As a child, it was my firm belief that the sun was the most beautiful thing in the world. I would regularly wake up early to watch it rise sparkling through the trees. In the relatively flat land of my childhood home, it seemed impossibly close, just beyond the belt of trees. Midday was more difficult. I would gaze into the blue sky above the horizon and tilt my head back. But I never came close to actually seeing the sun at its height. I gave up and watched its rays glitter on the surface of the creek or dance among the shadows of the leaves.
It was a wonderful thing to me when I learned that light was an actual physical thing which travels outward from its source. I remember thinking with awe, when light fell on my hand, that I was touching part of the sun. To be forced to fear light, seemed a most horrible fate: the fear of beauty itself. The imagery of light played a huge part in the stories and poetry I wrote at that time. One poem, which I threw away soon after writing for fear of anyone finding and reading something I held so personally, was a retelling of the Psyche and Eros myth. It pictured Eros as the sun, beautiful, but too deadly for a mortal to come near in his true form.
Now, my eyes have become easily strained and over sensitive to light. Occasionally, I have to wear a pair of dark sunglasses for days on end, even when indoors. On good days, a single glance through a window at midday can give me a headache. I increasingly live in a half light. At first, the lack of freedom irked me. I longed revel in the midday sun, to tilt my head back and see it’s glow through my eyelids, to watch it glitter on the water. But as I sit in my dim room, a faint glow of the midday sun reflected from the lawn outside sifts through the closed curtains, and the wonder of the sun’s beauty returns to me. I may now be the Psyche of my poem, closed away from the full sun, but still its indirect rays reach me, bringing beauty with them. I reach out my hand to the light, and trace, in my mind, the unbroken thread that leads toward its source.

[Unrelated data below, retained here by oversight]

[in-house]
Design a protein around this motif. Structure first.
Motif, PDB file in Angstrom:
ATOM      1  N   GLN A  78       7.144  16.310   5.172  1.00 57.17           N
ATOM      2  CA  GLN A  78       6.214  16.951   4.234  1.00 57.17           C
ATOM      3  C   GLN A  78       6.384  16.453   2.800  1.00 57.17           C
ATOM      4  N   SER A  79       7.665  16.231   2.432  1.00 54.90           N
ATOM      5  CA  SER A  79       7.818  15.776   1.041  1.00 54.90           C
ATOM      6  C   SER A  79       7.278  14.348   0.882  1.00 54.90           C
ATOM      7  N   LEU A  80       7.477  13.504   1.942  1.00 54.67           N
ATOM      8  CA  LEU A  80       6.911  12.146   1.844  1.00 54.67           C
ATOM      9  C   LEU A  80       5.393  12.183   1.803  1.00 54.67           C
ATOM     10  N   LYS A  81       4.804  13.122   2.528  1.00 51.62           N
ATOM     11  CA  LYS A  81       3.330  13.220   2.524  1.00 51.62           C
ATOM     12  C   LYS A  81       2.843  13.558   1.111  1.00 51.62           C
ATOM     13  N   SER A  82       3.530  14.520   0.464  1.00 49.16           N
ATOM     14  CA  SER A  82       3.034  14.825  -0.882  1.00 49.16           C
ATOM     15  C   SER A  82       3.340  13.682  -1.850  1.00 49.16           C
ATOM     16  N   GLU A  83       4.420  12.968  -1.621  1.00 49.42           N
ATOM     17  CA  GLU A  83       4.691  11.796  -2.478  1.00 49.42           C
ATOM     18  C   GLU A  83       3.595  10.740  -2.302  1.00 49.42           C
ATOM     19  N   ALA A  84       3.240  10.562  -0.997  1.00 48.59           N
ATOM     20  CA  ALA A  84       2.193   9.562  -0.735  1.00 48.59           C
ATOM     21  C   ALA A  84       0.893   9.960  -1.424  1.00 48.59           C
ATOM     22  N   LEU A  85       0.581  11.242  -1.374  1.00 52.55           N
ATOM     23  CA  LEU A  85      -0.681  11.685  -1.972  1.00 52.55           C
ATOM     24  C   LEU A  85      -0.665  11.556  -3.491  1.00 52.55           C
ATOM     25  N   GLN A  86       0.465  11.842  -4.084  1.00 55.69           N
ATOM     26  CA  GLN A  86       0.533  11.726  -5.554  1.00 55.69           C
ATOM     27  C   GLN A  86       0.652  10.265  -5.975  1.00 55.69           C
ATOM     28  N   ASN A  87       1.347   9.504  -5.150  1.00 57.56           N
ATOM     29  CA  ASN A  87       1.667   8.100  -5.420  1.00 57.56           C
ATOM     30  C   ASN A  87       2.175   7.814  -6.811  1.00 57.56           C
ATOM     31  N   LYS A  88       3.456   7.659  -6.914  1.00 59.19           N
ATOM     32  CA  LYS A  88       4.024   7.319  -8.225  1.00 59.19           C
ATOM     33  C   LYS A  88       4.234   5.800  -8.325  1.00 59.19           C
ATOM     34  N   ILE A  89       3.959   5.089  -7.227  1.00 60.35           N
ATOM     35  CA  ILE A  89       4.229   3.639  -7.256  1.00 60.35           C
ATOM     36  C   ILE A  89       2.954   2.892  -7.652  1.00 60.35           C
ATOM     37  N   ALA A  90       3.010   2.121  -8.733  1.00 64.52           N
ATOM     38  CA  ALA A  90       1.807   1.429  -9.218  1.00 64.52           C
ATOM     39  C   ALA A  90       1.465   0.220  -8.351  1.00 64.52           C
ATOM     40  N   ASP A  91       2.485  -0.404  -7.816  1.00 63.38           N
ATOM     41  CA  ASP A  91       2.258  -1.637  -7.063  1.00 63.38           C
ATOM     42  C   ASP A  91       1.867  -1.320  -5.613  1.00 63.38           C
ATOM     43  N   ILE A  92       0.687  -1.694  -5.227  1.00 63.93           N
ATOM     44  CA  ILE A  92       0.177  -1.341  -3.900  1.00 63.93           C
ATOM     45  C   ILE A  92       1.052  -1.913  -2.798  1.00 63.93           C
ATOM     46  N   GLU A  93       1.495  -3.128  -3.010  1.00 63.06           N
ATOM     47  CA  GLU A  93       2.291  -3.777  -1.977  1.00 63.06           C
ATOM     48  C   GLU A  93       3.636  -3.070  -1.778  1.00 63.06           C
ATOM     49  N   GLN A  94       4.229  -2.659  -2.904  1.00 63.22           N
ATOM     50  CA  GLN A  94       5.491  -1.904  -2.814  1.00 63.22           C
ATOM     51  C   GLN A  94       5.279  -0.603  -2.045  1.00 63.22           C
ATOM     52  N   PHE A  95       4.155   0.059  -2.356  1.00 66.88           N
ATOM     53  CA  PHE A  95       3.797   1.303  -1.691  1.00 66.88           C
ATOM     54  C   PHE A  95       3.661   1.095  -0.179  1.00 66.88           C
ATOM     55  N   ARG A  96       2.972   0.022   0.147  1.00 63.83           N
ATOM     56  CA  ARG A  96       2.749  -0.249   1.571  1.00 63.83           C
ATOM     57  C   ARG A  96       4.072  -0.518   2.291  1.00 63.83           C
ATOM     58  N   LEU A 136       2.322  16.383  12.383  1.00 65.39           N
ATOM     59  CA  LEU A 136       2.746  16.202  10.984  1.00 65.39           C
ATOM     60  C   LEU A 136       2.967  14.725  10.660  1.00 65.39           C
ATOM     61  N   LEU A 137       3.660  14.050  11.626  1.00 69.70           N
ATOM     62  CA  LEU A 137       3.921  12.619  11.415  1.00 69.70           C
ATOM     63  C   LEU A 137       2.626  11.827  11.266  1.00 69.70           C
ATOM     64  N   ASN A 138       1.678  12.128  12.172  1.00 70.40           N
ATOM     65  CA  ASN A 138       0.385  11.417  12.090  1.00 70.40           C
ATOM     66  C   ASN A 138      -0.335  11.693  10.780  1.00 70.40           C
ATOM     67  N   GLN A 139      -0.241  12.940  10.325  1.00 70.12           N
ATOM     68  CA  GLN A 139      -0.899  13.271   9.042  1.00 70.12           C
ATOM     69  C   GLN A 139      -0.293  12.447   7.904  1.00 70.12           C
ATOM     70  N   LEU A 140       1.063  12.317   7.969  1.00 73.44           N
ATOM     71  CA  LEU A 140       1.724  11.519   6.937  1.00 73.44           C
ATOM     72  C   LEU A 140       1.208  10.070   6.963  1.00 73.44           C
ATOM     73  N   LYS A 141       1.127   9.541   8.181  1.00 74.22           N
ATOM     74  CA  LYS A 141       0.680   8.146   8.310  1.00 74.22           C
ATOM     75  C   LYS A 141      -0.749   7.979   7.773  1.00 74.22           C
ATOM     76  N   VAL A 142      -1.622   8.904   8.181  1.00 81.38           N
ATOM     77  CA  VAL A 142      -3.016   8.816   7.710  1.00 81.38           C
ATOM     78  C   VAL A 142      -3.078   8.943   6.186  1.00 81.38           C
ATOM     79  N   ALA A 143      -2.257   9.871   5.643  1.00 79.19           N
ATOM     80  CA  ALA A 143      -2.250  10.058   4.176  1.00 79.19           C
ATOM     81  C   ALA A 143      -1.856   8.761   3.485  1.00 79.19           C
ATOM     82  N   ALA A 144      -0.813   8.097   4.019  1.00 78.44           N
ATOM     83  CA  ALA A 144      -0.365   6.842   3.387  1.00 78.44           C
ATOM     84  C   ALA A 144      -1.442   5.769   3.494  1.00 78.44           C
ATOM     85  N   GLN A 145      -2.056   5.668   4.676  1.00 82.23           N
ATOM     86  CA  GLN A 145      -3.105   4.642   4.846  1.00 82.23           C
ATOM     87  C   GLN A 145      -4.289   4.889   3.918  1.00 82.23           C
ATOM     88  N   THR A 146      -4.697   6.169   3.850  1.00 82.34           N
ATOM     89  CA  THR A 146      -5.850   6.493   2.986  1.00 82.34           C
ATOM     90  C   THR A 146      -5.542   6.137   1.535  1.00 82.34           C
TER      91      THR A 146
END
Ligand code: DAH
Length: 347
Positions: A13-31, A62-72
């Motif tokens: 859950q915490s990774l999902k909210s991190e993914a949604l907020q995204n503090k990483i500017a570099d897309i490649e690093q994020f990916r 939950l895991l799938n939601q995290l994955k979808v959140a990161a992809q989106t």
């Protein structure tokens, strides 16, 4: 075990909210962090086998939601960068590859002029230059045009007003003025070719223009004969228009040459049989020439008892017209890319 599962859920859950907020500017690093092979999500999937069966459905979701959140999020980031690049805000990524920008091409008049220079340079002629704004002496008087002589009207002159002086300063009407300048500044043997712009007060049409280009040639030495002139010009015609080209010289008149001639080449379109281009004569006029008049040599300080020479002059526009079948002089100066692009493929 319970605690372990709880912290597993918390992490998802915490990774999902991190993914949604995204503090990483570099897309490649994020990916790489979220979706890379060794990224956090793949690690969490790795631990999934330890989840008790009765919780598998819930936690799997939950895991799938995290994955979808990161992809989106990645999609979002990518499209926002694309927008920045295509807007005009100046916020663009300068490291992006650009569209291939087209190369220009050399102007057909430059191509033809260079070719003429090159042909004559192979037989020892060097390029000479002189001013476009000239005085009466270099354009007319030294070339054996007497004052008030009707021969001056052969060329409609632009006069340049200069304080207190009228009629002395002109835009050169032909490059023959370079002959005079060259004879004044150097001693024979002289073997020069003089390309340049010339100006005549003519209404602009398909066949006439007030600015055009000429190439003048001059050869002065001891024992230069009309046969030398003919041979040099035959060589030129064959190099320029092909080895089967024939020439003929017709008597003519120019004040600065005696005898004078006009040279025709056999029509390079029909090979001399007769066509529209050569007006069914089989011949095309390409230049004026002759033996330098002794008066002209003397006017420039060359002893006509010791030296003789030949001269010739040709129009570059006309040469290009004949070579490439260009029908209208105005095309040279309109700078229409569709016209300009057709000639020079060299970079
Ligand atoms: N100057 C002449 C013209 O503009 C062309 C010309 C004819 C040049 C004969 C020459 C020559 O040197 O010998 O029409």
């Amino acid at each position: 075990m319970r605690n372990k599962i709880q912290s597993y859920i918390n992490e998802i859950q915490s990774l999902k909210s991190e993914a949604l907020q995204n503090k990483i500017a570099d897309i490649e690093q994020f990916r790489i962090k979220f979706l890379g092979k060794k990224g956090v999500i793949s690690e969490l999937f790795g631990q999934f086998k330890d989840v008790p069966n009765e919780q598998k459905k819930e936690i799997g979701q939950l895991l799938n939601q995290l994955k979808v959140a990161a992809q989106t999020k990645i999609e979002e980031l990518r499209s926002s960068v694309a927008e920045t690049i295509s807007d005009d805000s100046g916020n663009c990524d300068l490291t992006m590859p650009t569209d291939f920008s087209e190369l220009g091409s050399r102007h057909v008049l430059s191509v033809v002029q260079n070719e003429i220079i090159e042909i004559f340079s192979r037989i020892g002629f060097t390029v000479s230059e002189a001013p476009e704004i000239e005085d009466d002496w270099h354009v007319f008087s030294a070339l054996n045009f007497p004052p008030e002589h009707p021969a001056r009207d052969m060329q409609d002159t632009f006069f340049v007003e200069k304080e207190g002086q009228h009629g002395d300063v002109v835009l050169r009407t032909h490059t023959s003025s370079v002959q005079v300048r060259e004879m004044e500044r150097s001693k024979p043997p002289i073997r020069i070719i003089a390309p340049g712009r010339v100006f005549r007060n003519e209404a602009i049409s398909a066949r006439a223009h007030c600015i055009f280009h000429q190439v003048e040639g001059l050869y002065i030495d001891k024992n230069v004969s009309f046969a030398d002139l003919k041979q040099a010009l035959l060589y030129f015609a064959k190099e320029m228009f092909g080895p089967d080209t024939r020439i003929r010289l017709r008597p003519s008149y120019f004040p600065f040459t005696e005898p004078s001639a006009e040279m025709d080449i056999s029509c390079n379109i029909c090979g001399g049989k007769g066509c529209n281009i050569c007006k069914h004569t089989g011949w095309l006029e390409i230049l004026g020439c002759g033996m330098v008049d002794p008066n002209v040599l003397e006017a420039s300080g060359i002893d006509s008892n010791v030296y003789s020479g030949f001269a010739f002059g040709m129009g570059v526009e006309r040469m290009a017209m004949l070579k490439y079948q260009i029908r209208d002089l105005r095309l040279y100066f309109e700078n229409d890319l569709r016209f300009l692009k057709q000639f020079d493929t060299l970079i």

In the Bible, God Himself is pictured as too holy for a human to look upon. Even the seraphim cover their eyes in His presence. Yet, though we cannot now stand before Him, like the sun, His rays reach us. We can when we hold in our hands a tiny new leaf, just emerging from its sheaf, trace an unbroken thread to the very mind of God.